Rain forecast for this weekend is likely to take Burrendong Dam to 100 per cent of capacity, but if need be it could store the contents of another "Sydney Harbour".
The Bureau of Meteorology is forecasting above- median rainfall for NSW this spring along with below-median maximum temperatures "west of the divide".
The dam's imminent milestone follows "the worst drought in living memory".
At the start of 2020, the giant of a dam was on its knees.
At less than 1.5 per cent of capacity, preparations were being made to pump its remnant storage water for the first time and take water from Windemere Dam.
But the heavens opened and Burrendong Dam began to find its feet.
WaterNSW says the dam's design and location makes it "very effective" at capturing water from its catchment of almost 14,000 square kilometres.
On Wednesday, it held 1170 gigalitres (GL) or more than twice the volume of Sydney Harbour.
"Multiple rain events in the Burrendong catchment in August generated inflows that increased the storage from 80 per cent of capacity to the current 98.2 per cent," a spokesman said.
"In the nine days to September 1, Burrendong received 140 GL, increasing the storage level from 87 per cent to 98.2 per cent.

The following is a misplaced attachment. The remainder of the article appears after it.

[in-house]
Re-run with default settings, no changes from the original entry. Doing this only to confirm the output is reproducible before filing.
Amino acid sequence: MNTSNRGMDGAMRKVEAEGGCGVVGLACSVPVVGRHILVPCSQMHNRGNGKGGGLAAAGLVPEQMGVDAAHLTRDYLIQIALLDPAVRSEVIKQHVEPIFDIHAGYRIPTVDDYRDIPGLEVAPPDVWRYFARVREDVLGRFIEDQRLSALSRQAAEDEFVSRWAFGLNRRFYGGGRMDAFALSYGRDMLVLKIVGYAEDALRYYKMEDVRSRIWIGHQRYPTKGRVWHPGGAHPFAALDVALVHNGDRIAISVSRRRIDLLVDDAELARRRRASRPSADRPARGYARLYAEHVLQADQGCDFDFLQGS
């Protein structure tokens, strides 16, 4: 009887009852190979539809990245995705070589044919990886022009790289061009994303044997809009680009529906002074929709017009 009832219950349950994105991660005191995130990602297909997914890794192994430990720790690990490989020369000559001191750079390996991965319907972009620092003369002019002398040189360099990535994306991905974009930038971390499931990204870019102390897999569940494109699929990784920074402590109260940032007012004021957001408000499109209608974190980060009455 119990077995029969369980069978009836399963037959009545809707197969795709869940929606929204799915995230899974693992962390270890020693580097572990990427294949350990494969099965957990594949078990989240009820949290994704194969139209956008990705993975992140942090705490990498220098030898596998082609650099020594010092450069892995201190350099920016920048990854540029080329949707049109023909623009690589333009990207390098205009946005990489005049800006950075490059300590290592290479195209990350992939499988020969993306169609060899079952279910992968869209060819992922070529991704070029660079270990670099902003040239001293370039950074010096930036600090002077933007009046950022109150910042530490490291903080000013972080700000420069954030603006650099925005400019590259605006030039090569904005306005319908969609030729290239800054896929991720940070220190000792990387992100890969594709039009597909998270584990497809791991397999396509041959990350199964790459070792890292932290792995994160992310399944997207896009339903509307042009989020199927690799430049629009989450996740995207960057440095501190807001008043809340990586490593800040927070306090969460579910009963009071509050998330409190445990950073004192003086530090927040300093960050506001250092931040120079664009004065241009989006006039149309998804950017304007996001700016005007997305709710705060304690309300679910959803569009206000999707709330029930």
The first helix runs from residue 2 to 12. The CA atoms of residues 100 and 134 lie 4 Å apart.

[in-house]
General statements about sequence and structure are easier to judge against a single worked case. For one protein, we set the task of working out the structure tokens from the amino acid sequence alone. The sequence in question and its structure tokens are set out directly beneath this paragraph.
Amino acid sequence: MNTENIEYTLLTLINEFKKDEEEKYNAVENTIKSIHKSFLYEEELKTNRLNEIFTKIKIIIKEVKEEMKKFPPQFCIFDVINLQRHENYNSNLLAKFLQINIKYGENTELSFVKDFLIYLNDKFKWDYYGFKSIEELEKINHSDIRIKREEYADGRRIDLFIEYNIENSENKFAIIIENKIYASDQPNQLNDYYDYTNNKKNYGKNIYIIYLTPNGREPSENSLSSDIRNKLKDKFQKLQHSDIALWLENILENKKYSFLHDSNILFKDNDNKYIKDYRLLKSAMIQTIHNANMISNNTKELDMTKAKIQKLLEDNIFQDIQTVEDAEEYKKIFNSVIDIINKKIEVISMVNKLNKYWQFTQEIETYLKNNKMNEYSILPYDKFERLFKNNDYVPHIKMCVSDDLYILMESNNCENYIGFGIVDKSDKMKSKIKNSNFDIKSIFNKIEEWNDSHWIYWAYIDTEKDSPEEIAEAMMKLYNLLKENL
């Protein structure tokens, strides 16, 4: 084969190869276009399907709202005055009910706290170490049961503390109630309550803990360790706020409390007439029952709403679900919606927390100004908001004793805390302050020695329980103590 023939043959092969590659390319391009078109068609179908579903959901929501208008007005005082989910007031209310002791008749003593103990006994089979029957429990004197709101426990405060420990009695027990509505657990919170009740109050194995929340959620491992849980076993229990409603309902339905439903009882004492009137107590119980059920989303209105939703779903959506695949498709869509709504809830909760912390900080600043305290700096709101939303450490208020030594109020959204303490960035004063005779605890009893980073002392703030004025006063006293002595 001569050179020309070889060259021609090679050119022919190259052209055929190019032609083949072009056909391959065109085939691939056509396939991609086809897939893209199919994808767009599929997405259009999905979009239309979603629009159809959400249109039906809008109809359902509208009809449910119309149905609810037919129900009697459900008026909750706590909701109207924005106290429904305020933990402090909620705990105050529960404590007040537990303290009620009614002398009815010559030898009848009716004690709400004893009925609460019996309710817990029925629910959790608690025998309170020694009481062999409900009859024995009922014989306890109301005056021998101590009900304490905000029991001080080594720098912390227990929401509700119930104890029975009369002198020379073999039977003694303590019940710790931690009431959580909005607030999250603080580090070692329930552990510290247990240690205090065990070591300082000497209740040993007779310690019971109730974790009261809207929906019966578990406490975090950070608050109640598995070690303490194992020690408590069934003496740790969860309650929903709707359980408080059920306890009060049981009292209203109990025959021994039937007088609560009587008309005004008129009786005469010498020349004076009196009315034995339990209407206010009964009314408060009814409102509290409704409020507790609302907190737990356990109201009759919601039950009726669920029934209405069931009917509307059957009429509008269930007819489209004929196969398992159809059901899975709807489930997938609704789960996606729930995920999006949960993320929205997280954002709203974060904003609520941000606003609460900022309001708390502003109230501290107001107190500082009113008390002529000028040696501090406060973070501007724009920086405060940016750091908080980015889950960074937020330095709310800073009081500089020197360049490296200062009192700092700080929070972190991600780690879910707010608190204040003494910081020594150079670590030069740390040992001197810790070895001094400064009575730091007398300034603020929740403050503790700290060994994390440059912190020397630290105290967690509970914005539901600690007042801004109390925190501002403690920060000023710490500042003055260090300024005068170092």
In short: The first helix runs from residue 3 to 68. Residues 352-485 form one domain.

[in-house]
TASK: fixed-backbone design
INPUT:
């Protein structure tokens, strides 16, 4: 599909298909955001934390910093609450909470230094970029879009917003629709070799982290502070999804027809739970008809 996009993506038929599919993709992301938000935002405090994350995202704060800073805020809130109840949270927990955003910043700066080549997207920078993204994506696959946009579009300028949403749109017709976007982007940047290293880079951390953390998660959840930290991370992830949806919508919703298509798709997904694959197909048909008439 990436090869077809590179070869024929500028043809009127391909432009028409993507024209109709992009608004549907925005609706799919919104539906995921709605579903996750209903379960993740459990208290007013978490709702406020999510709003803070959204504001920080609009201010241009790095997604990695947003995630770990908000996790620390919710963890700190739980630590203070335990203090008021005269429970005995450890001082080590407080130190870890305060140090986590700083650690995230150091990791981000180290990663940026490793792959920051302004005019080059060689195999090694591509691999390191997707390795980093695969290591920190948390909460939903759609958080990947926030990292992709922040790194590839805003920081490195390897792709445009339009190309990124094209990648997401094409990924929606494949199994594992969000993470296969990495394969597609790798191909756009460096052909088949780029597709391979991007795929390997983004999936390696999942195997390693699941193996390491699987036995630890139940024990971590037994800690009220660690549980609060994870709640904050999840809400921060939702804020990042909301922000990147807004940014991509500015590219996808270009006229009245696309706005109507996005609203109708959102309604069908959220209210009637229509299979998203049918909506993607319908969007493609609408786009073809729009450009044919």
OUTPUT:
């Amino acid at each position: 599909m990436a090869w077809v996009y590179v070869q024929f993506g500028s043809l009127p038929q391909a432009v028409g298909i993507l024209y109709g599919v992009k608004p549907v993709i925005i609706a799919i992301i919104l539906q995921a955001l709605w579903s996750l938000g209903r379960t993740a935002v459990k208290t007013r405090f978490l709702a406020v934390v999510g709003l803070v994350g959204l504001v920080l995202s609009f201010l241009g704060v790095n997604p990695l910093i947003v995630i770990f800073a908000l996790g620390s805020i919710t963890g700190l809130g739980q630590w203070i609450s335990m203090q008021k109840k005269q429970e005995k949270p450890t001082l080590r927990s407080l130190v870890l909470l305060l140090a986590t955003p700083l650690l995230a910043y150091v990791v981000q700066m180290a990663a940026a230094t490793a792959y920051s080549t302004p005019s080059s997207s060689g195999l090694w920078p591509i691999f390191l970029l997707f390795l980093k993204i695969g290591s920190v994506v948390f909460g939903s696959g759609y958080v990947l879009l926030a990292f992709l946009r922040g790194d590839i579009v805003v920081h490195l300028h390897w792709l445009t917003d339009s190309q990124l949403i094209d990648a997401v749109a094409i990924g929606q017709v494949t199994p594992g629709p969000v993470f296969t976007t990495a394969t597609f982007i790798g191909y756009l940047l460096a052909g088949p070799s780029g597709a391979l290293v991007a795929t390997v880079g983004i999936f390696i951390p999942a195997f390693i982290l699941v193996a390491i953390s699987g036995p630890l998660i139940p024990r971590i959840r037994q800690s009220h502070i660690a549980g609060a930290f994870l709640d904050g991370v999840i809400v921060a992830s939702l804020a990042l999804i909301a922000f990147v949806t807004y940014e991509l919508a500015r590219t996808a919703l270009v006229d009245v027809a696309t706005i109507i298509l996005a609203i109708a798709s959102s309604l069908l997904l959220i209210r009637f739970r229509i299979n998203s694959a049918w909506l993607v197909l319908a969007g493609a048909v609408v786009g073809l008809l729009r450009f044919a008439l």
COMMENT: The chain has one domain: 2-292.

"Even without further rainfall and inflows Burrendong storage would reach full supply level of 100 per cent by mid-September.
"However, with the Bureau of Meteorology forecasting rain for the coming weekend that 100 per cent mark will likely be reached sooner."
The last time the dam reached 100 per cent of capacity was in January 2017.
The WaterNSW spokesman said the dam's resurgence "translates to the best water security enjoyed by communities, farmers and the environment in the Macquarie Valley for at least half a decade".
Should the rain keep falling on its currently soggy catchment, the dam would cope.
WaterNSW confirms the dam can reach 142 per cent of capacity.
It has a flood mitigation zone which can hold about 490GL or "an extra Sydney Harbour of water".
"The conservation storage of 100 per cent is when the water level just reaches the bottom of the spillway gates," the spokesman said.
"The spillway gates are six-metres high and this allows for the storage of the extra 490 GL of water in the flood mitigation zone."
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